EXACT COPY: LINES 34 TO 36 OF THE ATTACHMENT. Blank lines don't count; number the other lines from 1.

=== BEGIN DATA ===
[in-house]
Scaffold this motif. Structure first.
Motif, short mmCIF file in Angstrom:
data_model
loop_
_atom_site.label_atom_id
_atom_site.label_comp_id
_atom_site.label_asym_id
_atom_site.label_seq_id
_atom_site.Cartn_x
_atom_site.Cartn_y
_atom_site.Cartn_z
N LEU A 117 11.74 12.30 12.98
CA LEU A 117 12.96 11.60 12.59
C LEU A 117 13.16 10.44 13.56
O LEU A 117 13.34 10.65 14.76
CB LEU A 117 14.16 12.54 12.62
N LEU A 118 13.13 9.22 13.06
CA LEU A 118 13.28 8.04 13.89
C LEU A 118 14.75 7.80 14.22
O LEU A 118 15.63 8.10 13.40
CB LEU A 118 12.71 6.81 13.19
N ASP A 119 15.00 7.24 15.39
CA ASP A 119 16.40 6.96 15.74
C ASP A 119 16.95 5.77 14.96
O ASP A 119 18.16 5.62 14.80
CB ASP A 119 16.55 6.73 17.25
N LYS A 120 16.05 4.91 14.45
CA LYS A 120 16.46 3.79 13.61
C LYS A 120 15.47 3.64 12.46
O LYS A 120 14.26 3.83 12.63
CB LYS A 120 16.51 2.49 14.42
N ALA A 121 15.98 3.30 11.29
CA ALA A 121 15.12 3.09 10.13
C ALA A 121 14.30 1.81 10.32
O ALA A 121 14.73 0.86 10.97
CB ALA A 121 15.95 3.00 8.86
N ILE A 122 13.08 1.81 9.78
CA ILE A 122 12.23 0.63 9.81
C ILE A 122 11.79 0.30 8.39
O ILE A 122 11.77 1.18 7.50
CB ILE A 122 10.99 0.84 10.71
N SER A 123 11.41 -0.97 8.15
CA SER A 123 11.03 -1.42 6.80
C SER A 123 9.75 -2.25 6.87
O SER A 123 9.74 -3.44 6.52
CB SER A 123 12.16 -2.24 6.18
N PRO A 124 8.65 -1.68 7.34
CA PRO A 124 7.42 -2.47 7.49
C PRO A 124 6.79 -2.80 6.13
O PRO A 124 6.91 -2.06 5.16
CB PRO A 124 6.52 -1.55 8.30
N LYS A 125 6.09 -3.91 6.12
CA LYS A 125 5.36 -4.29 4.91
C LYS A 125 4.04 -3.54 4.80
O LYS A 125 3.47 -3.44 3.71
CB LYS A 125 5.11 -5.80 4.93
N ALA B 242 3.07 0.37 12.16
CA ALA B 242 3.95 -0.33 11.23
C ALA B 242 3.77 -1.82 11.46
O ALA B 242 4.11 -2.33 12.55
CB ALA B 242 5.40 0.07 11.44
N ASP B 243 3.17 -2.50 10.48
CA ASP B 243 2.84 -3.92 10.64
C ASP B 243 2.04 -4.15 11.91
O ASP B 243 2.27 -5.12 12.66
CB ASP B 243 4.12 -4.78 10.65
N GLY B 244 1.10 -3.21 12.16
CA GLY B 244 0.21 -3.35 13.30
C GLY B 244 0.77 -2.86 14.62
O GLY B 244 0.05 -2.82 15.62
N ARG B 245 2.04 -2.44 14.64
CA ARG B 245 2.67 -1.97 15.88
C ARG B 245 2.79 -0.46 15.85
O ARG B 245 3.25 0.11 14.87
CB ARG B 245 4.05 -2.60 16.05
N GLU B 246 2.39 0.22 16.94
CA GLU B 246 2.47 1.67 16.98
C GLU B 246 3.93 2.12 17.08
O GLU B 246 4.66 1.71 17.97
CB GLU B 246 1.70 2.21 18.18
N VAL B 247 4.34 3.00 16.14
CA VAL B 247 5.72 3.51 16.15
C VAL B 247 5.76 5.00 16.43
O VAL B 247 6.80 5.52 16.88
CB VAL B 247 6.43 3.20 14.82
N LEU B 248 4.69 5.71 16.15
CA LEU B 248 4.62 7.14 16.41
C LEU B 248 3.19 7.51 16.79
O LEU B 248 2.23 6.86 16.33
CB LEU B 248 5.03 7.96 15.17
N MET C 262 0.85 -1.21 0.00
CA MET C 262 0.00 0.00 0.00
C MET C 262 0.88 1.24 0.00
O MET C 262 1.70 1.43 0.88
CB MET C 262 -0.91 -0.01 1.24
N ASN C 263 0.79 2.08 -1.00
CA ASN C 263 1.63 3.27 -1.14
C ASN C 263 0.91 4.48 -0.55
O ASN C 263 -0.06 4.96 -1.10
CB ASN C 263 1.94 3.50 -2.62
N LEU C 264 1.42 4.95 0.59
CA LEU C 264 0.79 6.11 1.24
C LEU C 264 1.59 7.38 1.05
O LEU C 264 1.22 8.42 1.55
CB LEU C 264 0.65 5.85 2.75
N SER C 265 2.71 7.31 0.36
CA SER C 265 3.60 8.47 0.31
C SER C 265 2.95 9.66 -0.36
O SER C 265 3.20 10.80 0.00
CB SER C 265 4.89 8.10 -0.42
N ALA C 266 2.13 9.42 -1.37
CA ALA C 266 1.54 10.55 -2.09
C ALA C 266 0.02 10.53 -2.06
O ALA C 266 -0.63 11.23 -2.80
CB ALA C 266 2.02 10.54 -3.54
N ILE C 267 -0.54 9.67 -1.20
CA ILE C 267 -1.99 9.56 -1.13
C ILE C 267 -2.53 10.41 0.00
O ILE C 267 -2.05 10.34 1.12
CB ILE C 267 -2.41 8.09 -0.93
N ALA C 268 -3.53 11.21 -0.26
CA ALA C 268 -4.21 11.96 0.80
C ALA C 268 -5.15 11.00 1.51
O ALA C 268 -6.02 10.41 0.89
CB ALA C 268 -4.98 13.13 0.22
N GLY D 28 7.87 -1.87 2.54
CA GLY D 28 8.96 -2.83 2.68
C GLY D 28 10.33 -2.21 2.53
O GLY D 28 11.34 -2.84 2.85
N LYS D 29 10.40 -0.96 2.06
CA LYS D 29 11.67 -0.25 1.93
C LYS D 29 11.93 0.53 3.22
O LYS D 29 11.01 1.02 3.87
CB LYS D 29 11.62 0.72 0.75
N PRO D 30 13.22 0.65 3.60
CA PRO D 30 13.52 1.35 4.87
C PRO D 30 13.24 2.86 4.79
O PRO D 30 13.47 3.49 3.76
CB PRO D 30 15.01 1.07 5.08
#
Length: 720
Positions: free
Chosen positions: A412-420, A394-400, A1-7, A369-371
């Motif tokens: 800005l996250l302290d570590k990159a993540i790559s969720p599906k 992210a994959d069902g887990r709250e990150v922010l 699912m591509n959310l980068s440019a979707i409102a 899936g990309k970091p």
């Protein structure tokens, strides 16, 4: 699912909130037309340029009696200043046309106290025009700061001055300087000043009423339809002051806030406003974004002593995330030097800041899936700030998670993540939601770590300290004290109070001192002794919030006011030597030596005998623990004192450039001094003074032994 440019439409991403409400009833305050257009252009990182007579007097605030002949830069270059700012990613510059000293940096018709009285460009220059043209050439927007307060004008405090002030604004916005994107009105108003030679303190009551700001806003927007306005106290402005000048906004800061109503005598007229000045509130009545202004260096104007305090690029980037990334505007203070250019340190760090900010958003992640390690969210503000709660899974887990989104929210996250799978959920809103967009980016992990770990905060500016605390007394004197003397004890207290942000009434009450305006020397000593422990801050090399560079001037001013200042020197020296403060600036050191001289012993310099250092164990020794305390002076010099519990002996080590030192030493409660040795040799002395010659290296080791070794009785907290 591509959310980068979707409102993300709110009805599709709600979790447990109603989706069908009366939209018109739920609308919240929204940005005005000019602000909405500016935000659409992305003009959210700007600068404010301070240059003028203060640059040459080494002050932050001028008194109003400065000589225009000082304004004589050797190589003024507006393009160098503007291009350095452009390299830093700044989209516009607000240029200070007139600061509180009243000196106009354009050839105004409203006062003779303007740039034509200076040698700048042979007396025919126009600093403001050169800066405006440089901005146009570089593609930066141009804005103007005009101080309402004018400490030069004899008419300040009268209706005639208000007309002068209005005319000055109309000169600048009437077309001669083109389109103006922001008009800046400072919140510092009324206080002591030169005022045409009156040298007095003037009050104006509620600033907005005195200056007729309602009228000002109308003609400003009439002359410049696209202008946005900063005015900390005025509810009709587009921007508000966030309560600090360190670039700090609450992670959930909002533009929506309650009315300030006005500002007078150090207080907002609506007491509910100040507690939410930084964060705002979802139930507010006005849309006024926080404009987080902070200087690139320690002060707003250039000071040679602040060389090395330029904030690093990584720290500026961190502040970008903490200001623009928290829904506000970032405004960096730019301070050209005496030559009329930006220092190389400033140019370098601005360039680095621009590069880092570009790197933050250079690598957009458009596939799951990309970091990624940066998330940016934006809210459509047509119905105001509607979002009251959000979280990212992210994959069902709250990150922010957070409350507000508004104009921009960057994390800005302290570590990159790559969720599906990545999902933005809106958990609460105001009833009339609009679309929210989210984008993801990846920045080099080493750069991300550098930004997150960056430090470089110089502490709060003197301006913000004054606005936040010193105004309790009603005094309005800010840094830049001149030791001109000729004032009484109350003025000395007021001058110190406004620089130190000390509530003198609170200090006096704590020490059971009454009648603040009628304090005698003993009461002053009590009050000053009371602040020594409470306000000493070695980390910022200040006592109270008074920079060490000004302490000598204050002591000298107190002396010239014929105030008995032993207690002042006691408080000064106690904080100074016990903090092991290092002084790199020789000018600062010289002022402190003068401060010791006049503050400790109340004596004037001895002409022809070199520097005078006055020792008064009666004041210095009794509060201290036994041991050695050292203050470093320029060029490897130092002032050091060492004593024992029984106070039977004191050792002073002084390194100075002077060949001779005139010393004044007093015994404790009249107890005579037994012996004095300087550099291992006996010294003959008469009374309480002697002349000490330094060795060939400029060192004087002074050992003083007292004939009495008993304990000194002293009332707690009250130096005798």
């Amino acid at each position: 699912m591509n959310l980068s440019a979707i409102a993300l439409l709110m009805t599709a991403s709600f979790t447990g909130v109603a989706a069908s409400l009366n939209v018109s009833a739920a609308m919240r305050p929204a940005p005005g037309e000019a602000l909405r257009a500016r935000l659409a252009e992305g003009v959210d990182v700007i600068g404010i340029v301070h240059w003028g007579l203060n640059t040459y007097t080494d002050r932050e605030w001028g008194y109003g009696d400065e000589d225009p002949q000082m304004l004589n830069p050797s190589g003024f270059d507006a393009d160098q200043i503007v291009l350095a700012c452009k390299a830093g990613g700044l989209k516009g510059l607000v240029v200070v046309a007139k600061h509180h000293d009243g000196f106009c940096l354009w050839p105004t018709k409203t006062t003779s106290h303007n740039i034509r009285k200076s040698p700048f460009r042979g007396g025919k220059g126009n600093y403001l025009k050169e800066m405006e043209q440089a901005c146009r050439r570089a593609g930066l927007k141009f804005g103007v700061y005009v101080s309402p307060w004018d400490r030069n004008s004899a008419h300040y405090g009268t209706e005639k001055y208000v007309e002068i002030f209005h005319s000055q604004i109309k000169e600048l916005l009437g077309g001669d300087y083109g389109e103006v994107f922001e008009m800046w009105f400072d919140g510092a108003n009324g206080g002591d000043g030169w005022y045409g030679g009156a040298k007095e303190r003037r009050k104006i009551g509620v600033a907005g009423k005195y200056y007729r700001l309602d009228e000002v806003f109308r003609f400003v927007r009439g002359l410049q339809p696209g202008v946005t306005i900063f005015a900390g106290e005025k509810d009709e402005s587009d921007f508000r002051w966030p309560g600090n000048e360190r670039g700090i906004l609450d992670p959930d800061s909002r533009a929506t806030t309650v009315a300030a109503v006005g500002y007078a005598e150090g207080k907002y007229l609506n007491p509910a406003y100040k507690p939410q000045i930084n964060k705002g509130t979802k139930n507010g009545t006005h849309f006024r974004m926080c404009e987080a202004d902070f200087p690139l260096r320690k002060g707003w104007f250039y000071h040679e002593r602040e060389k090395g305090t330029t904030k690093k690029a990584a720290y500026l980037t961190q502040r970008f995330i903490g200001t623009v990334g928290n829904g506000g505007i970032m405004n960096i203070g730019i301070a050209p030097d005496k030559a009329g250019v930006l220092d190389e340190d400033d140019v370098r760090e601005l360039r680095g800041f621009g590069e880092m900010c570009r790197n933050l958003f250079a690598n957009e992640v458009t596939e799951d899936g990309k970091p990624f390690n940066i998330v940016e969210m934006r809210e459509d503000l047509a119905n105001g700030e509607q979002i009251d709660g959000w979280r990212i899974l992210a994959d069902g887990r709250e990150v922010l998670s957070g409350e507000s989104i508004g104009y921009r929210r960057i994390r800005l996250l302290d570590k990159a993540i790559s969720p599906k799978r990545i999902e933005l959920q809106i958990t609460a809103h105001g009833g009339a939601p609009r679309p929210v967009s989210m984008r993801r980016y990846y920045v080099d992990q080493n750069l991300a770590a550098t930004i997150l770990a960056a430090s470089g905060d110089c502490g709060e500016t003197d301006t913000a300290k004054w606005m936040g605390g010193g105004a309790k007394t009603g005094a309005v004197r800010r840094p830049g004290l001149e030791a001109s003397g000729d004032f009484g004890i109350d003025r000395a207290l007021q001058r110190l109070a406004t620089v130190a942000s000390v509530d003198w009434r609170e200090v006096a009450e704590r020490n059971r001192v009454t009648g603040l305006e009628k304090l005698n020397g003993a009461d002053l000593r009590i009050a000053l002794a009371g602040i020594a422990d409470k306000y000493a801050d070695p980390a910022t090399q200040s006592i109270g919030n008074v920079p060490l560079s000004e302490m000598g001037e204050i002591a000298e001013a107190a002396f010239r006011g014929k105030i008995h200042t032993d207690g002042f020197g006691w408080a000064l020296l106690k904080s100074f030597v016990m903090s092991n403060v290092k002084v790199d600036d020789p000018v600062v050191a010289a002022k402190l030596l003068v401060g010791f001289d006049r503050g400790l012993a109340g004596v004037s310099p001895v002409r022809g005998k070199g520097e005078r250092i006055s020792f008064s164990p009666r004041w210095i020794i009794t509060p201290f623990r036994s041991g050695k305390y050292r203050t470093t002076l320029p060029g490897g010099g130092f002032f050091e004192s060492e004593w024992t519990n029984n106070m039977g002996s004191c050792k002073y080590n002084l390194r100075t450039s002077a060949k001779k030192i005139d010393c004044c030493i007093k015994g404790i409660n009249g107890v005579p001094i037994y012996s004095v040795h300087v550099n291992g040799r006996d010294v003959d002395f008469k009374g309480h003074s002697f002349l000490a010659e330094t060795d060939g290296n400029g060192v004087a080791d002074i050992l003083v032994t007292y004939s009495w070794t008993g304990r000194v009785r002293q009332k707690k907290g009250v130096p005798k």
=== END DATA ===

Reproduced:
CA ALA A 121 15.12 3.09 10.13
C ALA A 121 14.30 1.81 10.32
O ALA A 121 14.73 0.86 10.97